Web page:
Creature Feature: Seahorse

SeahorseAny mom can attest that growing a baby for 9 long months can be hard work!  Though the dads out there might be inclined to agree, there is one dad in the animal kingdom who knows for sure! Meet the seahorse or Hippocampus!

One of MSI’s fabulous rock star instructors, Jodi is a big fan of the seahorse.  Jodi loves a good fairytale romance, so one reason she loves these fish is that they mate for life and share the work in raising babies. Unlike nearly every other animal in the world, male seahorses are the ones that carry the eggs until they hatch.

In order for them to do this, the males are born with a brood pouch. A brood pouch is a special pocket that some fish, frogs, and invertebrate have to protect the eggs. The female seahorse will place her eggs into the pouch, and then the male internally fertilizes the eggs and carries them in the pouch until they hatch.  SuperDad!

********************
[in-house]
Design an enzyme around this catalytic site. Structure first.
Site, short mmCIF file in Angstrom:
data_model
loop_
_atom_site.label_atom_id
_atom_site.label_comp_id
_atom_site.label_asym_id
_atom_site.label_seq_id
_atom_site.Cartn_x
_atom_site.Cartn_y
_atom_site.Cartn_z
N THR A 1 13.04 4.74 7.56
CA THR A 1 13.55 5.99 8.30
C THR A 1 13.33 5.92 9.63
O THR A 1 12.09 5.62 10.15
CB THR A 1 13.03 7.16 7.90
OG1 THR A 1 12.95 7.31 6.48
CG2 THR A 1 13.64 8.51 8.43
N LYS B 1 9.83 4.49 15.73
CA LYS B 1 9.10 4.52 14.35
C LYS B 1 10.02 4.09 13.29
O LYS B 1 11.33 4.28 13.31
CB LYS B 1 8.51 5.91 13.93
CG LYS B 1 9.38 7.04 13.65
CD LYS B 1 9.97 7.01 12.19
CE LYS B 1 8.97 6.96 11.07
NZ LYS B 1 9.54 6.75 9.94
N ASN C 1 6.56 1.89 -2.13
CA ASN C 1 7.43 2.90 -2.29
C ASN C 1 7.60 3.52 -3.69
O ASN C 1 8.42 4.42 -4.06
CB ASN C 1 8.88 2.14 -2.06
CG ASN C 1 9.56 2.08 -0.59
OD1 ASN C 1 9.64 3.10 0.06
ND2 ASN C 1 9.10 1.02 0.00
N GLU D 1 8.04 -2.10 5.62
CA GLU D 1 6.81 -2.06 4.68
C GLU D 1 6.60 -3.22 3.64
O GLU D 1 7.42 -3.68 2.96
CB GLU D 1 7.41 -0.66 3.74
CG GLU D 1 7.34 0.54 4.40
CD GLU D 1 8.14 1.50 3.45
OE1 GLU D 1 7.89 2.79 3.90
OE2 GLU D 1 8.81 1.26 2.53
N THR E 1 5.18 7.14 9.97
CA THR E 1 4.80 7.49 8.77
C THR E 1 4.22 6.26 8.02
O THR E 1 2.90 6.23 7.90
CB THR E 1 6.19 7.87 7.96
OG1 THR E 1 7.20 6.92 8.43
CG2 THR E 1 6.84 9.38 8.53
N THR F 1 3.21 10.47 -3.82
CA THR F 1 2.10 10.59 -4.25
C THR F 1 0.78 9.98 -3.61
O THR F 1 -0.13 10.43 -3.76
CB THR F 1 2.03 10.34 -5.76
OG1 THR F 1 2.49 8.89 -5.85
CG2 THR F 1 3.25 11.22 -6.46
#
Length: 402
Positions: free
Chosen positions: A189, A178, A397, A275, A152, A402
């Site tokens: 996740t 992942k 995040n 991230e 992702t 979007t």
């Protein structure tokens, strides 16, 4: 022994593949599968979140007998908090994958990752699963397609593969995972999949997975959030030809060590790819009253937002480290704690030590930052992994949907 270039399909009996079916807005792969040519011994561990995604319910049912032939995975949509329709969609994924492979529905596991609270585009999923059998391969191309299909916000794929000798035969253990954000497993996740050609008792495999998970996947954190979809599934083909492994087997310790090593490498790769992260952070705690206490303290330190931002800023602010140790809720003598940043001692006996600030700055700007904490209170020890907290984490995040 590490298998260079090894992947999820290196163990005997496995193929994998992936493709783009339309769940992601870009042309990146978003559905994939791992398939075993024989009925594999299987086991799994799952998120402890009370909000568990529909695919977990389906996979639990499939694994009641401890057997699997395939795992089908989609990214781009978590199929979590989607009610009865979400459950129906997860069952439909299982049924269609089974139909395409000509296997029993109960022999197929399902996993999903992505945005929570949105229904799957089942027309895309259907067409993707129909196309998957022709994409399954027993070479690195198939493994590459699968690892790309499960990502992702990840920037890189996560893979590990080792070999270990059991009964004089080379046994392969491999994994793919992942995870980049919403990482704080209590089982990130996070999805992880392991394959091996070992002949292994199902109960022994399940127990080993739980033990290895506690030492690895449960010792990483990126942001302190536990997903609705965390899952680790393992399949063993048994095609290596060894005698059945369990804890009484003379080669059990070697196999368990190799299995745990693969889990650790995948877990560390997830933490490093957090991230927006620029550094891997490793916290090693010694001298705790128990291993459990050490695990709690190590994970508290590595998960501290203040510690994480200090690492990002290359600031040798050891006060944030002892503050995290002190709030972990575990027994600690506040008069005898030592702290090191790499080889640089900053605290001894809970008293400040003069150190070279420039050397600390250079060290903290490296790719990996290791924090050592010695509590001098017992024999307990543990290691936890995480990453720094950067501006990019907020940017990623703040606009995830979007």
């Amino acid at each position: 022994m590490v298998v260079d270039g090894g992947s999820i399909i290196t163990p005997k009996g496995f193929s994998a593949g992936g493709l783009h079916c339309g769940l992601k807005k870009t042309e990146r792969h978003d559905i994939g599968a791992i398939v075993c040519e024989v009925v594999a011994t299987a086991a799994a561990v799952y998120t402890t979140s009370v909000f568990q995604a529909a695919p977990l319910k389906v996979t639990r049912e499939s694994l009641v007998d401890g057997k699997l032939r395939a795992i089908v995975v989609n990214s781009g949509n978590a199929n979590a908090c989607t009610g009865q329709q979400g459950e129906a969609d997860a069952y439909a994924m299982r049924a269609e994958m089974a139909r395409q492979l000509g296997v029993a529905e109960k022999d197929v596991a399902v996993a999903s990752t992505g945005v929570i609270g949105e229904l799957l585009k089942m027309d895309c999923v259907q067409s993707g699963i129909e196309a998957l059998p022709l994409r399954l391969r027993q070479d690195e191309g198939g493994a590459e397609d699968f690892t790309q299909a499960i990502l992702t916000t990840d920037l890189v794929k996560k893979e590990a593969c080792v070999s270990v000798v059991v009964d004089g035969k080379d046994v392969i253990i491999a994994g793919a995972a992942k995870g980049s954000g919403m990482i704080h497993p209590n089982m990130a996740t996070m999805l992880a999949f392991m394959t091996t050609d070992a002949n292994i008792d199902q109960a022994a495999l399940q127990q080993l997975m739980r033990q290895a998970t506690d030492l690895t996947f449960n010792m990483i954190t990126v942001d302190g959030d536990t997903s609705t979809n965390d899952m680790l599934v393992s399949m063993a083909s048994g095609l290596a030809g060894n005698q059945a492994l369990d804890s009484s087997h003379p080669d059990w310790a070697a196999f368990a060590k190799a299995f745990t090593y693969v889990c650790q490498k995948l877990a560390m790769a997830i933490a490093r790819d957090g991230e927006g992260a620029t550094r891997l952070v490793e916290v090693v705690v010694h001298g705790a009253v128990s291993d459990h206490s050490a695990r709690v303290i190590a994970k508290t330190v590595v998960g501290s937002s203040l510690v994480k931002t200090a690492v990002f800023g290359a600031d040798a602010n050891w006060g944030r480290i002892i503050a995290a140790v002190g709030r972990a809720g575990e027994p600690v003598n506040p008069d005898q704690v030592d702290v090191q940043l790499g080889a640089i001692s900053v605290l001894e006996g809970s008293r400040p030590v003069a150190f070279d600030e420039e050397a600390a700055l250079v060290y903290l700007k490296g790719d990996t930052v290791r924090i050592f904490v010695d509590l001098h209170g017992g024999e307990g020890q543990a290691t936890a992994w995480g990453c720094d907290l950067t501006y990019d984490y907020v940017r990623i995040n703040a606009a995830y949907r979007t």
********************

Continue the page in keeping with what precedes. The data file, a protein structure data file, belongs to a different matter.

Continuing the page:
“Seahorse” is the common name for 35 different species that live in tropical and temperate shallow waters throughout the world.  The unique shape of seahorse allows them to use their prehensile tail and hang out around sea grasses and coral but limits their mobility. Prehensile means a body part that is great for grasping. When they do move around, they flap fins located on their back about 35-50 times per second.  Because of their unique way of moving, seahorses have to avoid strong currents or else they can die of exhaustion.  Better hang on tight!

Most people can recognize the seahorse by its long, toothless snout.  Seahorses use this snout like a vacuum, “hoovering” plankton and small crustaceans. They can consume over 3000 pieces of food per day. That is a pretty tremendous feat, seeing as how their digestive systems lack a stomach!  Check out this video to learn more about seahorses.

Reference:

Edited by KC O’Shea

Photography by Hayley Usedom

http://animals.nationalgeographic.com/animals/fish/sea-horse/

http://www.theseahorsetrust.org/seahorse-facts.aspx

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